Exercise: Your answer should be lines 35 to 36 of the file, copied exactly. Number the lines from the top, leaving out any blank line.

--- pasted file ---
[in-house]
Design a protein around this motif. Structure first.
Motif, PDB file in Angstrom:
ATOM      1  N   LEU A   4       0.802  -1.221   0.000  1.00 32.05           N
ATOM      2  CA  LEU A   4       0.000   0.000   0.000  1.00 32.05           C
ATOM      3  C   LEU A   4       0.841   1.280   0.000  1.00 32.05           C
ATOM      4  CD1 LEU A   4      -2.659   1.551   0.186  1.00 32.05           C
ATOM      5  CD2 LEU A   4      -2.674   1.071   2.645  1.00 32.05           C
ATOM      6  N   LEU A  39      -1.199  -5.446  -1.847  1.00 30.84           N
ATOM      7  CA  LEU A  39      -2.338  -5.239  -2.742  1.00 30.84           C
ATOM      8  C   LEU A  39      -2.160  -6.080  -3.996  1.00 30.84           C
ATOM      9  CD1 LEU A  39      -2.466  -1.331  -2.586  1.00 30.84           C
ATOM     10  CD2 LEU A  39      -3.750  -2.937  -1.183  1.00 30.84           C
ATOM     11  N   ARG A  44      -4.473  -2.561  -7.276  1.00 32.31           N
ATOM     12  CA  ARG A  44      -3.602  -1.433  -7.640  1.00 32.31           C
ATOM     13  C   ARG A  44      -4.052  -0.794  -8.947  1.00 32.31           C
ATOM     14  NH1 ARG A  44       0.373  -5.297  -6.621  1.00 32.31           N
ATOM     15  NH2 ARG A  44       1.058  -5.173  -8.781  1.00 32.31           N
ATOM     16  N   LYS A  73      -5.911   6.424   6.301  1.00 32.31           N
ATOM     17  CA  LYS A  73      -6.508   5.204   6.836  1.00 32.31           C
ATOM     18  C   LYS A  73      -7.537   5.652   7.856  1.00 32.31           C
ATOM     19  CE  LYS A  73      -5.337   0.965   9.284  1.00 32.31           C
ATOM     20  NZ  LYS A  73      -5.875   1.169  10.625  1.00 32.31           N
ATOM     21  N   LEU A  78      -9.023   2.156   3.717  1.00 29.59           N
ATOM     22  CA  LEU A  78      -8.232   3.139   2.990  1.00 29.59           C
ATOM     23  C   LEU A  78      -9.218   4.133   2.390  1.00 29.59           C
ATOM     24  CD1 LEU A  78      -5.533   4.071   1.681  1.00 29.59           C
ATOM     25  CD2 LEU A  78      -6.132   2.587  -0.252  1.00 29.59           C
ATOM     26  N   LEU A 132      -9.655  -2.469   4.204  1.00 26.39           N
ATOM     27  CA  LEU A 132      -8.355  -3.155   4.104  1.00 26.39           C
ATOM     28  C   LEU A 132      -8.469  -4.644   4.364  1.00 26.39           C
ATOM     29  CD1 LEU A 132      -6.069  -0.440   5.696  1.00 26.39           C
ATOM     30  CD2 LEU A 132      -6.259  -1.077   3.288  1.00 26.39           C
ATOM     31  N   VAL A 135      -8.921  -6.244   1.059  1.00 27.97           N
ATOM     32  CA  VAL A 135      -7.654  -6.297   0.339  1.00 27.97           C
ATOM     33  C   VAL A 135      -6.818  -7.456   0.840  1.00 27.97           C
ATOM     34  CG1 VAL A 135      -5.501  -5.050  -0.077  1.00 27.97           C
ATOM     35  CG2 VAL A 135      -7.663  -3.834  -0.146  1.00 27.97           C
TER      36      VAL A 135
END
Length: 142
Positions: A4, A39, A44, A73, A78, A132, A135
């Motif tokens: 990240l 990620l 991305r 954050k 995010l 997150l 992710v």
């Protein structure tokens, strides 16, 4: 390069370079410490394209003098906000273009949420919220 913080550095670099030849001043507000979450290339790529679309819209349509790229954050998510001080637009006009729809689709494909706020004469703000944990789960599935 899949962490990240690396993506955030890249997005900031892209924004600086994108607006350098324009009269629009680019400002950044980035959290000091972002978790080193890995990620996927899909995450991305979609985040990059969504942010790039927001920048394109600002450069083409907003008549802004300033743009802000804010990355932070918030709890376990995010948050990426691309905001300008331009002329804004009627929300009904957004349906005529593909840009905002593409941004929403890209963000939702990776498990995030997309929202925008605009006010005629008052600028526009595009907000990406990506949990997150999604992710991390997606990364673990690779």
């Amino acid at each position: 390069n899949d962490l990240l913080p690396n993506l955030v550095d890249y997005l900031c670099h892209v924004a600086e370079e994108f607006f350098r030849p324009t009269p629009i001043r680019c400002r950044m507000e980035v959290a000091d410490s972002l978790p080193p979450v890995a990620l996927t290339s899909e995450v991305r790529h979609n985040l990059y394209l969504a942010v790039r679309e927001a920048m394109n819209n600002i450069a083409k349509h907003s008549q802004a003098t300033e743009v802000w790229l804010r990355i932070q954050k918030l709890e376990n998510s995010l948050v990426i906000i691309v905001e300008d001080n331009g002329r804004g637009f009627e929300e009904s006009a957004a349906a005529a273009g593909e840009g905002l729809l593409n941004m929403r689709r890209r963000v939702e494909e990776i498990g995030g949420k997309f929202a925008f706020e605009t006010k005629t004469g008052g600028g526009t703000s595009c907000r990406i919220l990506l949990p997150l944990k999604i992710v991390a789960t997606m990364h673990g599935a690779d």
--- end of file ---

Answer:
ATOM     32  CA  VAL A 135      -7.654  -6.297   0.339  1.00 27.97           C
ATOM     33  C   VAL A 135      -6.818  -7.456   0.840  1.00 27.97           C